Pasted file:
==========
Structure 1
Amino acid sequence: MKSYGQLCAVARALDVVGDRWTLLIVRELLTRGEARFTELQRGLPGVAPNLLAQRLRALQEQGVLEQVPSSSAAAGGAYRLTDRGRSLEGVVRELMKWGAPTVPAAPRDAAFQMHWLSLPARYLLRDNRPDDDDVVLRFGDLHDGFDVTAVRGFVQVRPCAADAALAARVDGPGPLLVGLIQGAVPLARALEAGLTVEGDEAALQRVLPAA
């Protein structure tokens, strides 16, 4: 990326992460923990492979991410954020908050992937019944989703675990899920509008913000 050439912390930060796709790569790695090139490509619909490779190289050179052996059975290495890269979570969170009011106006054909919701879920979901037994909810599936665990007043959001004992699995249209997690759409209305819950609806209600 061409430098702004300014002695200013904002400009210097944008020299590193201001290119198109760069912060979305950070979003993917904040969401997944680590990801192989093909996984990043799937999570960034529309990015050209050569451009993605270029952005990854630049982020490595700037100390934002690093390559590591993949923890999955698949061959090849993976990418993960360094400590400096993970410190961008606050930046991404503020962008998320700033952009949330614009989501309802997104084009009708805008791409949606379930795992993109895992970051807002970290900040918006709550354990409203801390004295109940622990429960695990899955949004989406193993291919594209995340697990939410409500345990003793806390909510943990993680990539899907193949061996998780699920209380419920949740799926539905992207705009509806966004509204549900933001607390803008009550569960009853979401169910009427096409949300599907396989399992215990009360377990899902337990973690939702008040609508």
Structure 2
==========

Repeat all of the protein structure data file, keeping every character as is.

Structure 1
Amino acid sequence: MKSYGQLCAVARALDVVGDRWTLLIVRELLTRGEARFTELQRGLPGVAPNLLAQRLRALQEQGVLEQVPSSSAAAGGAYRLTDRGRSLEGVVRELMKWGAPTVPAAPRDAAFQMHWLSLPARYLLRDNRPDDDDVVLRFGDLHDGFDVTAVRGFVQVRPCAADAALAARVDGPGPLLVGLIQGAVPLARALEAGLTVEGDEAALQRVLPAA
């Protein structure tokens, strides 16, 4: 990326992460923990492979991410954020908050992937019944989703675990899920509008913000 050439912390930060796709790569790695090139490509619909490779190289050179052996059975290495890269979570969170009011106006054909919701879920979901037994909810599936665990007043959001004992699995249209997690759409209305819950609806209600 061409430098702004300014002695200013904002400009210097944008020299590193201001290119198109760069912060979305950070979003993917904040969401997944680590990801192989093909996984990043799937999570960034529309990015050209050569451009993605270029952005990854630049982020490595700037100390934002690093390559590591993949923890999955698949061959090849993976990418993960360094400590400096993970410190961008606050930046991404503020962008998320700033952009949330614009989501309802997104084009009708805008791409949606379930795992993109895992970051807002970290900040918006709550354990409203801390004295109940622990429960695990899955949004989406193993291919594209995340697990939410409500345990003793806390909510943990993680990539899907193949061996998780699920209380419920949740799926539905992207705009509806966004509204549900933001607390803008009550569960009853979401169910009427096409949300599907396989399992215990009360377990899902337990973690939702008040609508």
Structure 2